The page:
Masking Indoor Walls
Once you’ve gotten the tables, chairs, outlet covers, light fixtures, and other items out of the room you’ll be painting, take a look around. What objects can’t be taken out? And what can you do about them?
1) Collect What You Need
These are used to keep floors and furniture from being damaged. Selecting the right kind, based on the nature of your project, is important.
The kind of tape you use for indoor masking matters. Consider the material(s) it needs to adhere to and later be removed from, and how much later it will be removed. The tan-colored product most people call “masking tape” is good at affixing paper or plastic to a wall. Its width varies from three-quarters of an inch to 2 inches. Masking tape has considerable sticking power; after just an hour or two, it may already be hard to take off a surface. If it’s located in a hot, sunny room, it’ll stick to the wall even more firmly.
A fine alternative in these instances is blue painter’s tape. It’s designed to be safely removable, which is especially handy when you’re working with relatively fragile wall or ceiling materials (e.g., fiberboard). The box or platic it comes in should indicate how long you should leave it on the wall, though in general tape should be taken down as soon as it’s no longer needed.
Some kind of finish, like enamels, break down tape’s “glue.” Fortunately, you can buy tape whose sticky stuff can stand up to virtually every kind of paint. Whatever your tape of choice, make sure it won’t lose its adhesive power when it comes into contact with paint.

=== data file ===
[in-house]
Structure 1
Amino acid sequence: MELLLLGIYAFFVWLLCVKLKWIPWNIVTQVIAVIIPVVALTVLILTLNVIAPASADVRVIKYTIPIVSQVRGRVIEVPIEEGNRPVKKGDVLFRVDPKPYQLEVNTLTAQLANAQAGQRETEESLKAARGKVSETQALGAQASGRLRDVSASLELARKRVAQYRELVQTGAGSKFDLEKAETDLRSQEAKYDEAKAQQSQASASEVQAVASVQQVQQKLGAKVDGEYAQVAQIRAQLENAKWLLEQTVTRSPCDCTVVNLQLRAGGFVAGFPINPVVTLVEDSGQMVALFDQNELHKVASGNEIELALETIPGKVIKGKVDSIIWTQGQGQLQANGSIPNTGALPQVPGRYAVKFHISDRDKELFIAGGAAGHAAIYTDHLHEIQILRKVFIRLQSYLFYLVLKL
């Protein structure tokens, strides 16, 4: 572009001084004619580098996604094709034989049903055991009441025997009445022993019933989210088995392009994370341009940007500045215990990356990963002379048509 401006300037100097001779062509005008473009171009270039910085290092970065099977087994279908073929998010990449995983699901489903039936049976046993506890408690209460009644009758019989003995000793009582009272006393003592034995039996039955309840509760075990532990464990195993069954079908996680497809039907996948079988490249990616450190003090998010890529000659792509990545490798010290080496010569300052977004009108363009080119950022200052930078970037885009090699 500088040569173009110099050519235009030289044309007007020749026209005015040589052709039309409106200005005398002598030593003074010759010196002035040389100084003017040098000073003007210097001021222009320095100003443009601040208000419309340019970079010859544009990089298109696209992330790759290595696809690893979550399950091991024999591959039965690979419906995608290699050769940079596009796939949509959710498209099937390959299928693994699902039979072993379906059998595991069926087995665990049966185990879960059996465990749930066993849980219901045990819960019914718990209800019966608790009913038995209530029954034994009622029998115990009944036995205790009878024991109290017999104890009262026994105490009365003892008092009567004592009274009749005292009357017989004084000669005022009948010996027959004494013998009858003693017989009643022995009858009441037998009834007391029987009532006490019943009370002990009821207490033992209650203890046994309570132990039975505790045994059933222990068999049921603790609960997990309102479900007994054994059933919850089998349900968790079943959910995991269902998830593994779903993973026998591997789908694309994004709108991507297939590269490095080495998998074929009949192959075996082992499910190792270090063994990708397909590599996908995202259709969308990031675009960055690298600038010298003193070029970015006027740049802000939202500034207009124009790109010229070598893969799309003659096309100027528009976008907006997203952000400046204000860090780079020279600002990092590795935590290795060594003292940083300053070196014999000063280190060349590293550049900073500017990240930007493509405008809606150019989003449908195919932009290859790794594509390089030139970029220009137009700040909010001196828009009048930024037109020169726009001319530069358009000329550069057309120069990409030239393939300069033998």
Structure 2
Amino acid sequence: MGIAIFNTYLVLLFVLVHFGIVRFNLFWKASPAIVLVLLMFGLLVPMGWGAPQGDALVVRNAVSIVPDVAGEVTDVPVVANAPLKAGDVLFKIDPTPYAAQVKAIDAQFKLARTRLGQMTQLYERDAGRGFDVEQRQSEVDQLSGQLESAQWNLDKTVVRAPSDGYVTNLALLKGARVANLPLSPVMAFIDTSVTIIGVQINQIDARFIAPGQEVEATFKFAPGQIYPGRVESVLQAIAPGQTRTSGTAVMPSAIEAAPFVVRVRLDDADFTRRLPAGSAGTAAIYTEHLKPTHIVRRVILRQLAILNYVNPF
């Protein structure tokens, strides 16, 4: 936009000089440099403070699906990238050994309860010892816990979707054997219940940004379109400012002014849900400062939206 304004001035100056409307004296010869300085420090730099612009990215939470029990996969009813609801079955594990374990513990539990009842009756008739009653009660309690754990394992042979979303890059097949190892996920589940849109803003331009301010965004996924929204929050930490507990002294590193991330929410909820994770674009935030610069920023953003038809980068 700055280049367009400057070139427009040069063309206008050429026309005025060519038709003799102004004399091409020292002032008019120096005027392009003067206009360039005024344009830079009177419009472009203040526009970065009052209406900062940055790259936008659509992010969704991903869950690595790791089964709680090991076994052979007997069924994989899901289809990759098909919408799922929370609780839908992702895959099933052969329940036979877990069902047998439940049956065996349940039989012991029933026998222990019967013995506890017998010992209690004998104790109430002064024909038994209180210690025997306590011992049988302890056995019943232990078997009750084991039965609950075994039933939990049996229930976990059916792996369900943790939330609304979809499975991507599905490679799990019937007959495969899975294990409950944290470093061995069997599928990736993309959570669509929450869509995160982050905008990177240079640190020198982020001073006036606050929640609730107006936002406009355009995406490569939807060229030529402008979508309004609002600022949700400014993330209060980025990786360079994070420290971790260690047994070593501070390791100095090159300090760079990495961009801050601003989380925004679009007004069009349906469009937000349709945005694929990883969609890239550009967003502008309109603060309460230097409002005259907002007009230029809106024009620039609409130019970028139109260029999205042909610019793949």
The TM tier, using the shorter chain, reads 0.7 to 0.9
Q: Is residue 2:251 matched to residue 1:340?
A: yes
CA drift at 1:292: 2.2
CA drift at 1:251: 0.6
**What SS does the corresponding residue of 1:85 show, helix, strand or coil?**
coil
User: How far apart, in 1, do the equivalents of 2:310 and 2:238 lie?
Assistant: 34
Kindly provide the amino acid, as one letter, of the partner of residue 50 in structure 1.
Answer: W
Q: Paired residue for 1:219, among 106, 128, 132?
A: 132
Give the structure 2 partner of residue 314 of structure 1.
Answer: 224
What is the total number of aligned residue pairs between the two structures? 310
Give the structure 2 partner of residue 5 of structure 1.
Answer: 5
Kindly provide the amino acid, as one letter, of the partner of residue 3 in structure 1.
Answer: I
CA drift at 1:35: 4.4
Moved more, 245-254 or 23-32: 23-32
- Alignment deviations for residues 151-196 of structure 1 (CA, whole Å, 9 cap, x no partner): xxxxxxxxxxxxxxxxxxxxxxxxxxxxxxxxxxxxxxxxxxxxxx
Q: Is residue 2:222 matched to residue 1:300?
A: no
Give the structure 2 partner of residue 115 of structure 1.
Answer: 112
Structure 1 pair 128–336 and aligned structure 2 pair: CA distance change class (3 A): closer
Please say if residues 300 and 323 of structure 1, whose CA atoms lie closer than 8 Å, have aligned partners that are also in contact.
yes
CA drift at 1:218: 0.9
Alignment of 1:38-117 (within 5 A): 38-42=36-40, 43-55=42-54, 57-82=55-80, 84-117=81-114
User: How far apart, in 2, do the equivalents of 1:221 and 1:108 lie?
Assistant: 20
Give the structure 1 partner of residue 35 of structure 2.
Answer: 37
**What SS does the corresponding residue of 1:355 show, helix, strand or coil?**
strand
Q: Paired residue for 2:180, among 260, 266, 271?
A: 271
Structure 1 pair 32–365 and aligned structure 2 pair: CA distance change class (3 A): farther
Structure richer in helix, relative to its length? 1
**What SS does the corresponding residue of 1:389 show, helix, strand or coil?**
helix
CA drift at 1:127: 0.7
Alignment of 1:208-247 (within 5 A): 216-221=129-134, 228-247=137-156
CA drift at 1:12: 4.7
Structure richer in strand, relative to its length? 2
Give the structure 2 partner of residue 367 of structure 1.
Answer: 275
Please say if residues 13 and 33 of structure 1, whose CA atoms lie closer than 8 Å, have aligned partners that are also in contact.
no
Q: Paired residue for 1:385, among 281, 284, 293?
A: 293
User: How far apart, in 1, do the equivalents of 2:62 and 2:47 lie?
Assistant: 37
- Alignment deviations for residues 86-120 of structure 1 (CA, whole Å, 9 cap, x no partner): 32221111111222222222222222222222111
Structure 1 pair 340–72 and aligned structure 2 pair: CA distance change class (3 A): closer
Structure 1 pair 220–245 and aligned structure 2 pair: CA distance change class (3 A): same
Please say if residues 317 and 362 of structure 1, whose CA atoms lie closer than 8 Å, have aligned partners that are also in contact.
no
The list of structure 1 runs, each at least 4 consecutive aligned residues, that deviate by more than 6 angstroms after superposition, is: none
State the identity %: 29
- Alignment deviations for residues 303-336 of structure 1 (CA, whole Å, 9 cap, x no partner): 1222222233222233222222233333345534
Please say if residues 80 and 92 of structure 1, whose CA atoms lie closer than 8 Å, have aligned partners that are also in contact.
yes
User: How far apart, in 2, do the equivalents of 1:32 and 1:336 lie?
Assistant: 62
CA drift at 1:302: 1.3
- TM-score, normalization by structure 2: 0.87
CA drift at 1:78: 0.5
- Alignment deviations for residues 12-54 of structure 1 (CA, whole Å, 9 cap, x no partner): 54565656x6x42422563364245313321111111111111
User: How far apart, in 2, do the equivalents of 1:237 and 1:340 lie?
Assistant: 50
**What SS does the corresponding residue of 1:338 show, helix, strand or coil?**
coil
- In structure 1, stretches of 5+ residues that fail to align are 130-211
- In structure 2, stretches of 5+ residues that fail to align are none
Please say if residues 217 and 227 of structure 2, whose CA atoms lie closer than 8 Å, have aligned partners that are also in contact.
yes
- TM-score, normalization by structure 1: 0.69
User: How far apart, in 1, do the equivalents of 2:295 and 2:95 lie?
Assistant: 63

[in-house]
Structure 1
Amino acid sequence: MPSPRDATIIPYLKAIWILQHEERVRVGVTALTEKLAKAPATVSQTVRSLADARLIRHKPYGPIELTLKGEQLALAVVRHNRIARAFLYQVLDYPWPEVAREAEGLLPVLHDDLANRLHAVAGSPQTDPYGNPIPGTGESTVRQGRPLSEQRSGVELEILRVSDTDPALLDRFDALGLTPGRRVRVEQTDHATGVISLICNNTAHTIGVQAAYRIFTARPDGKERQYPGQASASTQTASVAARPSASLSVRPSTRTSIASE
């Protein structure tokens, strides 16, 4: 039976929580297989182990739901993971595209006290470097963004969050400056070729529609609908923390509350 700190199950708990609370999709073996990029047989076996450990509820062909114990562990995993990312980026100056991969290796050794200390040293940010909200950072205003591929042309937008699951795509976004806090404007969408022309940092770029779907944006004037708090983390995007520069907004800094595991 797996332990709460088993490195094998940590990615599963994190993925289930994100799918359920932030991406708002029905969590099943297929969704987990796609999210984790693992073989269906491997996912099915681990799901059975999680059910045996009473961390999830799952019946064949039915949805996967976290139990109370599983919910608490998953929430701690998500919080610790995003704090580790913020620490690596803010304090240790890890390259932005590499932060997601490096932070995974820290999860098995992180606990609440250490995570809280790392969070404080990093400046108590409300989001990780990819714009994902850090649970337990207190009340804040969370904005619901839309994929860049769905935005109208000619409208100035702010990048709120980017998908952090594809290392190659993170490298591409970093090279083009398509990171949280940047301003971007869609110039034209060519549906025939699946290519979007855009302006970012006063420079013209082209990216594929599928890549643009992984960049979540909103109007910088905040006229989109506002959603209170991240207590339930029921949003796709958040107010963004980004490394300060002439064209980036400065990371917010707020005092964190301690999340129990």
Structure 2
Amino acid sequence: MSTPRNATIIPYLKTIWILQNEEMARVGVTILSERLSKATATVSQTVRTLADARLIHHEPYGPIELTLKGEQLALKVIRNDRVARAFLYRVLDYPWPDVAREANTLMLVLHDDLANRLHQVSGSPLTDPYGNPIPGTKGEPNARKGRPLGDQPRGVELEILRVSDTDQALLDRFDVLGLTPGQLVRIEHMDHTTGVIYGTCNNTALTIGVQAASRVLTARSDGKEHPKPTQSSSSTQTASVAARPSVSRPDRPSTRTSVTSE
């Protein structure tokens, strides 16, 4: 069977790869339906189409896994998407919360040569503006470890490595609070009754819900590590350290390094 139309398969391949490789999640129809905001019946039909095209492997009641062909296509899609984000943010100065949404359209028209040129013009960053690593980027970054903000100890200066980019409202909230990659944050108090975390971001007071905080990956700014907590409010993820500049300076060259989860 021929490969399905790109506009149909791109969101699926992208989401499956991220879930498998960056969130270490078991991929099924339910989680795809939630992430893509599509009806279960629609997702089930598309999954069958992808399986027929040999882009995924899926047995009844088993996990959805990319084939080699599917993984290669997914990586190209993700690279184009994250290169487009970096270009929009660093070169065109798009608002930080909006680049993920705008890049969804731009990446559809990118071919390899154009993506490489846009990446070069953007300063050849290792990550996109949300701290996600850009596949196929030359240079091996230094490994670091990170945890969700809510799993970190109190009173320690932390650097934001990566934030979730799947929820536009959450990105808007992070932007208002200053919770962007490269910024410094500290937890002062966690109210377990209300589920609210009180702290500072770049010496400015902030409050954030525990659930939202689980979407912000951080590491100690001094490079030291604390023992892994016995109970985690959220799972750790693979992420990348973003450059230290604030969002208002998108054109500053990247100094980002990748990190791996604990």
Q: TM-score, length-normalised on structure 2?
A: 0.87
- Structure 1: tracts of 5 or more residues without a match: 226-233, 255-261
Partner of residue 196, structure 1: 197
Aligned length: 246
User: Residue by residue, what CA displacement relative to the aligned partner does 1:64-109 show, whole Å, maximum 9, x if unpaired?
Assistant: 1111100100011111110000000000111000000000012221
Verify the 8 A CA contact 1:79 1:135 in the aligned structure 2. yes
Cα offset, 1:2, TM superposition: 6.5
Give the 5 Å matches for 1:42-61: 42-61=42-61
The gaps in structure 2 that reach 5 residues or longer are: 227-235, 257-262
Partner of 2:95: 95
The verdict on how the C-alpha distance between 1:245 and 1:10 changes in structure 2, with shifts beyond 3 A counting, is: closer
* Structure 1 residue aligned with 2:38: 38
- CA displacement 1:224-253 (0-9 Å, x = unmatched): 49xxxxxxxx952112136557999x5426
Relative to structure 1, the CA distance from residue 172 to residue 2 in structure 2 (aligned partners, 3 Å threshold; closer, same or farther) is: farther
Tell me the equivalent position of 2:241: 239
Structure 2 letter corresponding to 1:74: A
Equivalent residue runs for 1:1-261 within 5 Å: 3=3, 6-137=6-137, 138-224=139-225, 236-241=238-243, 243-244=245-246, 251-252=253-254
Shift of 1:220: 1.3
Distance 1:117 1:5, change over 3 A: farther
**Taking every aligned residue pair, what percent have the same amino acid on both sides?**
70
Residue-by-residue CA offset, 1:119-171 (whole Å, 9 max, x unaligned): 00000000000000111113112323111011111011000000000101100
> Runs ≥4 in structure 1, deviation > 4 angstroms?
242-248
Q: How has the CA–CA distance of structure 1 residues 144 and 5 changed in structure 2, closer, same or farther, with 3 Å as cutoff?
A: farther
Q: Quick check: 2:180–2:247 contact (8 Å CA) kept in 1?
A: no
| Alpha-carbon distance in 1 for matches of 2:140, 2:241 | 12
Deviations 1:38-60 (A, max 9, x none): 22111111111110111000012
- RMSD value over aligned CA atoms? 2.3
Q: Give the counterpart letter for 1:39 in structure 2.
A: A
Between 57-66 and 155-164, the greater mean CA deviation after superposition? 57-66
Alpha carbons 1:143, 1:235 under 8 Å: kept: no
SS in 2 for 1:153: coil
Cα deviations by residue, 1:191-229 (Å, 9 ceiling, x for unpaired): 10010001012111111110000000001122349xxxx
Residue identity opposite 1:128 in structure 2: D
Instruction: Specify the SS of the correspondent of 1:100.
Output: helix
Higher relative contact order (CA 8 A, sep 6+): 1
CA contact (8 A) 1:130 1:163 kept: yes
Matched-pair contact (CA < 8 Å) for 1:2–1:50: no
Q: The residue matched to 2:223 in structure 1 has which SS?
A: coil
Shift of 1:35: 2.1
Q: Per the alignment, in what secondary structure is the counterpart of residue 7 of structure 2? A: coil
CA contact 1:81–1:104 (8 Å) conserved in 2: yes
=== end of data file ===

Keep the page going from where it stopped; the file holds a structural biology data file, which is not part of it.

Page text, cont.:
The Masking Process: What to Use as Sheeting
First of all, even though it’s cheap, resist the urge to mask with your morning paper. As your lawn sprinklers may have informed you, newspaper falls apart when exposed to water. It can also stain things, as your fingers know. Unless you’ve using a paint that is particularly prone to dissolving things (lacquer and enamel are examples), brown kraft paper should do the trick. If your paint does contain a powerful solvent, invest in green masking paper, whose adhesive won’t dissolve.
When it comes to plastic sheeting, thin is not in. A handheld device that’s currently on the market applies thin plastic (or paper) and tape simultaneously, which saves time. If you’re not using this kind of machine, however, go with thicker plastic, in the form of masking film. Because it has some heft, it’s more manageable than the thin stuff, and it comes in widths from 24 to 99 inches. Another plus: You can get masking film in units based on common door and windows proportions.
2) What Should You Mask?
It’s best to mask everything you don’t want paint to get on. Wood floor or carpet, trim, windows, and doors are typically protected during a painting project. After taking the covers from light switches and electrical outlets, be sure to apply blue painter’s tape to them.
3) What Products to Use for Masking